BTER Together: Building Your Go-To Team of Advisors

Being a solo practitioner does not make you a lone wolf. Working at a hospital is not an excuse not to cover your own bases. It's vital that every physician has a team to take care of us behind the scenes, managing our finances, legal affairs, and retirement plans while we take care of patients.

Who needs to be on your go-to team?

A good team will include the following:

  • An accountant. The role of the accountant on your team is to take care of your day-to-day bookkeeping needs.
  • A tax accountant. Your tax accountant will advise you on your taxes. They will keep you up to date on the latest changes in tax law, help you maximize your opportunities, and help you minimize your risk.
  • An attorney. Physicians are much more at risk of a lawsuit than other professions. Medical malpractice consulting is key. Your attorney should have experience with medical malpractice cases. 
  • A financial adviser. Your financial adviser will help you define your financial goals and develop a plan to reach those goals. They should help you develop an offensive and defensive strategy – plans to help you maximize your earnings and investing, and protect your assets. Your financial adviser will help you find the best liability insurance for doctors, the best disability insurance for doctors, the best life insurance for doctors, the best umbrella policies for doctors and more. 
  • A physician mentor. You need someone who has already been there and learned the lessons. You won't be able to find all the answer in a class, in a book, or via Google search. You need to have an experienced role model who has already figured out the issues that newer professionals are likely to encounter.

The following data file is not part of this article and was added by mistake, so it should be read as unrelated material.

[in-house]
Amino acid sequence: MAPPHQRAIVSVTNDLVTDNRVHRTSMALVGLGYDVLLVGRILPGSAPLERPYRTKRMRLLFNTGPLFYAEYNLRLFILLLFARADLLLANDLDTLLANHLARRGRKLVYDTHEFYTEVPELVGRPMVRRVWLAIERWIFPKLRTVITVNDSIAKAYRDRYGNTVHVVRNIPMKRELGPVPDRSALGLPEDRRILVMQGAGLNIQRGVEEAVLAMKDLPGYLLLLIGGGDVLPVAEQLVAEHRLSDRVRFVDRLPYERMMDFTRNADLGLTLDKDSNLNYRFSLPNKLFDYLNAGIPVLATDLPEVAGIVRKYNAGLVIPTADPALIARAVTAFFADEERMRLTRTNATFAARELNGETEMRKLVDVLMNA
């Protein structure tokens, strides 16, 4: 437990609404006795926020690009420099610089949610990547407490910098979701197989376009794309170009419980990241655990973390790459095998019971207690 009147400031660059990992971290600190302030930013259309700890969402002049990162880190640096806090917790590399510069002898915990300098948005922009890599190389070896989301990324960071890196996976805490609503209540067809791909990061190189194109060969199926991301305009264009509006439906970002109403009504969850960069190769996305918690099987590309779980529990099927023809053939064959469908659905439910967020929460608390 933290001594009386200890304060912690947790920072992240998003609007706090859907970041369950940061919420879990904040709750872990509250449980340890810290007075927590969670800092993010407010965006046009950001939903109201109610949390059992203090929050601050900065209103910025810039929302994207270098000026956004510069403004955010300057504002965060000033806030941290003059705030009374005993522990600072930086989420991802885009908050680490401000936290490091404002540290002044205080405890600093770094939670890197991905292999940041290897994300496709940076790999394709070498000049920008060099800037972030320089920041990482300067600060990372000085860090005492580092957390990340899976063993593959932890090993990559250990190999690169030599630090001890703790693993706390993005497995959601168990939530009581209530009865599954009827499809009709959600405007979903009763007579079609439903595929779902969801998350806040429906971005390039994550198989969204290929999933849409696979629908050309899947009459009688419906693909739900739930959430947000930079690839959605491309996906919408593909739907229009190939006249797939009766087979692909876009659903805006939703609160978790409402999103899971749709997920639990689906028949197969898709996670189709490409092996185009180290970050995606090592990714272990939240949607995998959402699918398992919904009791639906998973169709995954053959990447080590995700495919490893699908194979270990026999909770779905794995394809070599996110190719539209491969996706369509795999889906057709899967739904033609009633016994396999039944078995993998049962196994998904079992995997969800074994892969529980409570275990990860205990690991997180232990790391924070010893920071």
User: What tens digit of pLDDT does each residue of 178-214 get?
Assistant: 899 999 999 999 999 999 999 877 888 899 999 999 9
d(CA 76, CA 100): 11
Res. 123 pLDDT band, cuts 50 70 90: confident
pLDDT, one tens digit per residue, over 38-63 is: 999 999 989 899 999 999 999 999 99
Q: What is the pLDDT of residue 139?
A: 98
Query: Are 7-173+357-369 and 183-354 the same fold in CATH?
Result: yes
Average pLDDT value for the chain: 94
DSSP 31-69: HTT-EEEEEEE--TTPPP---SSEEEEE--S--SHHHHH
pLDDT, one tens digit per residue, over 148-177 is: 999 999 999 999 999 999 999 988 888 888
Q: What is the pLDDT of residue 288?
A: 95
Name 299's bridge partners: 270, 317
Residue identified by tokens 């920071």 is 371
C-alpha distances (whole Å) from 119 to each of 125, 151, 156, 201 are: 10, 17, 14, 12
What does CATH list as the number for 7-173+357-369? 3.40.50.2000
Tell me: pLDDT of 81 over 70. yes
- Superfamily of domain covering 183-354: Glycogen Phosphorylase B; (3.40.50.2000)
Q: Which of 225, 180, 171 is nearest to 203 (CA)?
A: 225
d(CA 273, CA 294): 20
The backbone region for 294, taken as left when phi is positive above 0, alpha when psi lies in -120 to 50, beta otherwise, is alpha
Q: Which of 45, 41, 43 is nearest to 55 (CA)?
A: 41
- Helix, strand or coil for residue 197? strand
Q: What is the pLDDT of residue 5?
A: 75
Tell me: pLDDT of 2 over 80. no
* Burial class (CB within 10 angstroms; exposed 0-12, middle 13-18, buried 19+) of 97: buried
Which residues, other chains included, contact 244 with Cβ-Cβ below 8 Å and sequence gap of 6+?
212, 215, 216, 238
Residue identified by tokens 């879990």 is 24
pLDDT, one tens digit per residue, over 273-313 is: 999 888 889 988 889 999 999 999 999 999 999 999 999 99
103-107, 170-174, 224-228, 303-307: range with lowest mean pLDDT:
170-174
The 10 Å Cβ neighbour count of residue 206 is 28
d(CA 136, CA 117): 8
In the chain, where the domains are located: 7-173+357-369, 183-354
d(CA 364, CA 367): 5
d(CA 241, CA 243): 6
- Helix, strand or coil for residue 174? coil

How do I find qualified members of my team?

First, all members of your team must understand the unique context of a physician's work and life. Doctors' resources, time, risk exposure are all unique. Your team members should all have experience working with physicians. You can start your search by asking fellow doctors for recommendations.

Identify several candidates for each role. Be sure to sit down with at least three candidates for each position. You might like the first person you interview, but be disciplined and follow through with the other interviews before making a final decision.

Interview questions should include:

  • What is your educational background and experience? What licenses or designations do you have? 
  • How do understand the special needs of physicians? What challenges or opportunities do I face as a physician, from your point of view?
  • What are your fees?
  • Do you outsource any of your work? Do you perform the work personally? If not, what is the review process? 
  • What's your privacy policy? Will you share my information with any third parties?
  • What would your approach to working with other members of my team?

As you make your decisions, pay attention not only to the answers to these questions, but to how you feel as you talk with the candidate. It's gut-check time: is this someone you trust? Does his or her communication style work well for you? Can you take his or her advice and feel confident?

What's next?

Once you've settled on members of your team, it's time to get to work. Meet with each member of your team and develop a plan to identify and reach your goals. Share your goals across the team – your tax accountant should know your financial plan; your financial planner should know what is happening with your day-to-day accounting, and so on. Get all the members of your go-to team on the same page.

Schedule follow-up meetings with each member of your go-to team on a regular basis, at least annually. The purpose of these check-ins is to review your progress towards goals, and make updates and adjustments. Be sure to share information across the team as appropriate.

Remember, it takes a team. We are always BTER together!